It’s called Evolution on Purpose: Teleonomy in Living Systems
From the Linnean Society in London:
Living systems exhibit an internal teleology, the full implications of which have not been explored. This meeting will address various aspects of this phenomenon, including its scope and meaning, and its many forms and facets.
Further to that:
Although it is now widely accepted that living systems exhibit an internal teleology, or teleonomy, the full implications of this distinctive biological property have yet to be explored. This online conference will seek to address various aspects of this important phenomenon, including the origins and history of the teleonomy concept, its scope and meaning, and its many forms and facets. Possible topics may include: an historical review of teleological thinking; teleology (and entelechy) versus teleonomy in evolutionary theory; the nature of teleonomy (who/what is in control, and how?); agency and teleonomy; semiotics and teleonomy; modeling teleonomic processes; teleonomy in the genome, in epigenesis, in physiology, and in behaviour; teleonomy and natural selection; teleonomy in human evolution; and, especially significant, how teleonomy has influenced the evolutionary process.
The Programme Committee includes Peter Corning, Eva Jablonka, Stuart Kauffman, Dennis Noble, Samir Okasha, James Shapiro, Dick Vane-Wright, and Denis Walsh. The organisers are Peter Corning and Dick Vane-Wright.
Pittendrigh and Mayr sought a way to deal with the problem of apparent function in biologists’ use of language:
In order to alleviate the situation, Pittendrigh and later Mayr suggested using the term teleonomy instead of teleology to describe this sort of purposive behavior.
Mayr suggested that we can use the term teleonomy to represent something that operates according to a purpose because of a program. Specifically, Mayr says, “It would seem useful to restrict the term teleonomic rigidly to systems operating on the basis of a program, a code of information. Teleonomy in biology designates ‘the apparent purposefulness of organisms and their characteristics,’ as Julian Huxley expressed it.”
That is, to the extent that organisms operate according to their genetic programming, “purpose” can simply refer to the actions of the program behind the organism. [Emphasis in the original.]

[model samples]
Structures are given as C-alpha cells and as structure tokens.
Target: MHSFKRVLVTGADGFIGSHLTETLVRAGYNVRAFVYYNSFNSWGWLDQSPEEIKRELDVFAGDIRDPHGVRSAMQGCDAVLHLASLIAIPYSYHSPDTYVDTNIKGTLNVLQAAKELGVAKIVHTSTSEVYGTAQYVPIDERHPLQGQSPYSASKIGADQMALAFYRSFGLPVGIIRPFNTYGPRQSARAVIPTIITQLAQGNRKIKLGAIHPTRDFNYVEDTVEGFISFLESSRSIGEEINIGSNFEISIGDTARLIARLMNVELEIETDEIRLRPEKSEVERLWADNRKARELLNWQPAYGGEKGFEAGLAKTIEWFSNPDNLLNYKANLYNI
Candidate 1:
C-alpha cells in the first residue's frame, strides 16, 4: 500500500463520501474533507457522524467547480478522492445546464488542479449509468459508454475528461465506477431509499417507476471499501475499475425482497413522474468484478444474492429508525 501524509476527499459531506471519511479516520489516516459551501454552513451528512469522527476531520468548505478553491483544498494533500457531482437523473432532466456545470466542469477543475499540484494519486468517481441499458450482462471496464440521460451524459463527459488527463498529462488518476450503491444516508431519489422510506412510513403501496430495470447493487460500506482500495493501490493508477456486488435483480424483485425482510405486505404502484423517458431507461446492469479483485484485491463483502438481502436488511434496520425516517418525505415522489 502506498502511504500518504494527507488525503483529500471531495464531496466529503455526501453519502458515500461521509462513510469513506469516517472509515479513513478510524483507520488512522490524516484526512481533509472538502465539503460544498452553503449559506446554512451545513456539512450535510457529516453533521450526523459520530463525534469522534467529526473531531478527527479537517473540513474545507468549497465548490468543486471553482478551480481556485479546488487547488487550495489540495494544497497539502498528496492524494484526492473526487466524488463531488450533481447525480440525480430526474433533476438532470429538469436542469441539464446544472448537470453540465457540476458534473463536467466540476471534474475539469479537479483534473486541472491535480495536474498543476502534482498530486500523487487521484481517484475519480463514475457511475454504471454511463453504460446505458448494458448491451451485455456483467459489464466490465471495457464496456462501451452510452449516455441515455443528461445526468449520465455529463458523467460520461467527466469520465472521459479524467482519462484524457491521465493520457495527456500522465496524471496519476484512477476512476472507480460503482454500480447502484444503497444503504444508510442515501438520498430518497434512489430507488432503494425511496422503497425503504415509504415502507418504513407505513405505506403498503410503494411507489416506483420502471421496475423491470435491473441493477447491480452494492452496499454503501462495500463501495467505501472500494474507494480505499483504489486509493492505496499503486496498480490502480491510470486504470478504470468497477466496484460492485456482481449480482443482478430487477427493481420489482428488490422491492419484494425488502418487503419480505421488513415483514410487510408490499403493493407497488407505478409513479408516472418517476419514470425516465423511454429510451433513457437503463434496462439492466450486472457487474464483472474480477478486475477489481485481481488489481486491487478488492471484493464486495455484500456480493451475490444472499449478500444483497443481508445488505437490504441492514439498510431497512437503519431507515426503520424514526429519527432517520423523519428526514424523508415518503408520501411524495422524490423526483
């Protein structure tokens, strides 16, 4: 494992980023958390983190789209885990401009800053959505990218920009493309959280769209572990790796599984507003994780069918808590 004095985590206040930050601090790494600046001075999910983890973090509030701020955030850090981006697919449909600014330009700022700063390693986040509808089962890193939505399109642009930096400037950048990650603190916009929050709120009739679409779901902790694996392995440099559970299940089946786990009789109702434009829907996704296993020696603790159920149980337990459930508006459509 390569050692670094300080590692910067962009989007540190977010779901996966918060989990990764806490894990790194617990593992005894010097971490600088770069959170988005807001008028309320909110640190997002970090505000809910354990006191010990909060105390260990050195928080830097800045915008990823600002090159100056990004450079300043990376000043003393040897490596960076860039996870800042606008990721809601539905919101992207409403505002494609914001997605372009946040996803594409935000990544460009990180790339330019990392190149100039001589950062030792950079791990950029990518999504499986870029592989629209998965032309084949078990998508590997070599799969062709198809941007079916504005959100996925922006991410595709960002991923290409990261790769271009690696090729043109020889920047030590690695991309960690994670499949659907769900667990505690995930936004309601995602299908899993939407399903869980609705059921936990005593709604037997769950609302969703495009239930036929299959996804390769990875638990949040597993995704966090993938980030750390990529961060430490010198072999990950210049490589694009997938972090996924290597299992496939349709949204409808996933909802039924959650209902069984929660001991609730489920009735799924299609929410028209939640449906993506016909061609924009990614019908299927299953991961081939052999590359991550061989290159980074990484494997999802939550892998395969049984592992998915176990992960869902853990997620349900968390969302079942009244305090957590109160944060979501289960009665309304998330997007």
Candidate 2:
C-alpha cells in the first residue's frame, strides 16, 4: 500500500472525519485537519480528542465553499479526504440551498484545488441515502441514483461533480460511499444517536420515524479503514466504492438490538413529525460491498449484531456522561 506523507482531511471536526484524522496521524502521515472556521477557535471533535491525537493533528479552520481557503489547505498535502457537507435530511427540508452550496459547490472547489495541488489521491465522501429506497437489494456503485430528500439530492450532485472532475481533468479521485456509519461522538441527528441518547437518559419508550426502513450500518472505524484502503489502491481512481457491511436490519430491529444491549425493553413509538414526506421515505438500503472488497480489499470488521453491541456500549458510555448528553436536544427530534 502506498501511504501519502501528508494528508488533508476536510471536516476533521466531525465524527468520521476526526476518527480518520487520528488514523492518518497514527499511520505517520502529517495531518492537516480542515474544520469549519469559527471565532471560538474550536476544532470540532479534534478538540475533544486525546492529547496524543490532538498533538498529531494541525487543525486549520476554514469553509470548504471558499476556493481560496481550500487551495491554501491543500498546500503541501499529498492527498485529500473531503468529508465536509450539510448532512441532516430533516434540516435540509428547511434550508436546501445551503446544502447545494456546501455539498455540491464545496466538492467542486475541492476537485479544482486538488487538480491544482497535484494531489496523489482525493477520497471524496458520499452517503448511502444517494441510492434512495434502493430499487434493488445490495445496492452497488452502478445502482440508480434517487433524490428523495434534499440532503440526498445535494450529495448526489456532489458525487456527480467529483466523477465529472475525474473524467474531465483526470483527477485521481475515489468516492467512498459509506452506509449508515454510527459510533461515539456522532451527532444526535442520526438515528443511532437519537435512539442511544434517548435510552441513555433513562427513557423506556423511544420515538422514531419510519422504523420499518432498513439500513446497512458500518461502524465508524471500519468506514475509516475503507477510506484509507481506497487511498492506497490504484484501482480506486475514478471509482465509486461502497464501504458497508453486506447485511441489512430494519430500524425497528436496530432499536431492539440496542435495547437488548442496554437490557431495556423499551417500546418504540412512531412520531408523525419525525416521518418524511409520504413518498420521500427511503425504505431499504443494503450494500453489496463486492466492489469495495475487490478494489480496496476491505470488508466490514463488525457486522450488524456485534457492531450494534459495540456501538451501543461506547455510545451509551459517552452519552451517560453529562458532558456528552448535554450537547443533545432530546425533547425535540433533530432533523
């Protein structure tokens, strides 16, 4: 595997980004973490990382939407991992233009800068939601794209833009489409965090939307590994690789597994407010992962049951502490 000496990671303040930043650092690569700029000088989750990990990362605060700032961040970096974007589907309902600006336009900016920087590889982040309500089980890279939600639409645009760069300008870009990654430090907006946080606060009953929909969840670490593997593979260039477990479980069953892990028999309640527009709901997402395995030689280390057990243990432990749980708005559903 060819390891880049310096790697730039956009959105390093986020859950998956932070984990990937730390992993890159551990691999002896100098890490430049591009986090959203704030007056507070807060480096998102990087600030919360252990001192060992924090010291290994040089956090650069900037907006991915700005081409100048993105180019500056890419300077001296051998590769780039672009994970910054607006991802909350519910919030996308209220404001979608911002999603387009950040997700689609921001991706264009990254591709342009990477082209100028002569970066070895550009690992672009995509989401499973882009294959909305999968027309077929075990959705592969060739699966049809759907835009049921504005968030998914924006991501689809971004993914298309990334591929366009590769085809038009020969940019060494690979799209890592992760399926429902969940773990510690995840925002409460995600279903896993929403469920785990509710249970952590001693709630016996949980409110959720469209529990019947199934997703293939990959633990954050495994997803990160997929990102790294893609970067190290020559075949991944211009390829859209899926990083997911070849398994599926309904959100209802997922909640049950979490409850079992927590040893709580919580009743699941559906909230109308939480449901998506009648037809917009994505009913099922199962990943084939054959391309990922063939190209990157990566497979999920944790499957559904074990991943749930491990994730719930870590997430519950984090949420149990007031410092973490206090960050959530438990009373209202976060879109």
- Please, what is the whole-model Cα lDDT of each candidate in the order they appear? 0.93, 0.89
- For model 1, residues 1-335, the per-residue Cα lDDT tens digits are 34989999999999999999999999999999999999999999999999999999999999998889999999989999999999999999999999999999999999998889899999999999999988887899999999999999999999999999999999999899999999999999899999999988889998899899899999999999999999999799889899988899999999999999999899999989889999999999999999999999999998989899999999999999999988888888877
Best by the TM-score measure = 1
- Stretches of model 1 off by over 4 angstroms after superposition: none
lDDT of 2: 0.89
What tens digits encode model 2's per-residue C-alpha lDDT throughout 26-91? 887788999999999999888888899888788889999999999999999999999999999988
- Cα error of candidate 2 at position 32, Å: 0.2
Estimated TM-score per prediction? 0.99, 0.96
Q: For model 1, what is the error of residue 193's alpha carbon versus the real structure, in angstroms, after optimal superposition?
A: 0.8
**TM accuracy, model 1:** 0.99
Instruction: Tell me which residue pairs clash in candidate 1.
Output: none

And of course, the program was, to their minds, an inherited program, the result of variation, natural selection, and drift. Mayr was concerned that the idea of teleonomy might be turned back toward the idea of design or purpose, so he made it abundantly clear:
Only three processes are known to [change the genetic pool]: mutation, fluctuation in genetic frequencies, and differential reproduction. The first two of those processes are not oriented toward adaptation. They are in that sense essentially random, and are usually inadaptive, although they may rarely and coincidentally be adaptive. By “differential reproduction” is meant the consistent production of more offspring, on an average, by individuals with certain genetic characteristics than by those without those particular characteristics…
If an organism is well adapted, if it shows superior fitness, this is not due to any purpose of its ancestors or of an outside agency, such as “Nature” or “God,” who created a superior design or plan.
“Note that here, Mayr explicitly decries not only the influence of outside purposes (i.e., divine teleology) in evolution, but also the influence of inside purposes (i.e., biological purposes present within ancestors),” says Bartlett.
Ann Gauger, “Teleonomy and Evolution” at Evolution News and Science Today (December 1, 2017)
Are the Linneans trying to come to grips with design in nature within a framework they can handle?
You may also wish to read: Why some think emergence is replacing materialism in science. Materialism, in the form of reductionism, posits a world without novelty — but that is not the world we live in. Philosophers and scientists who champion emergence over reductionism argue that the whole is more than the sum of its parts.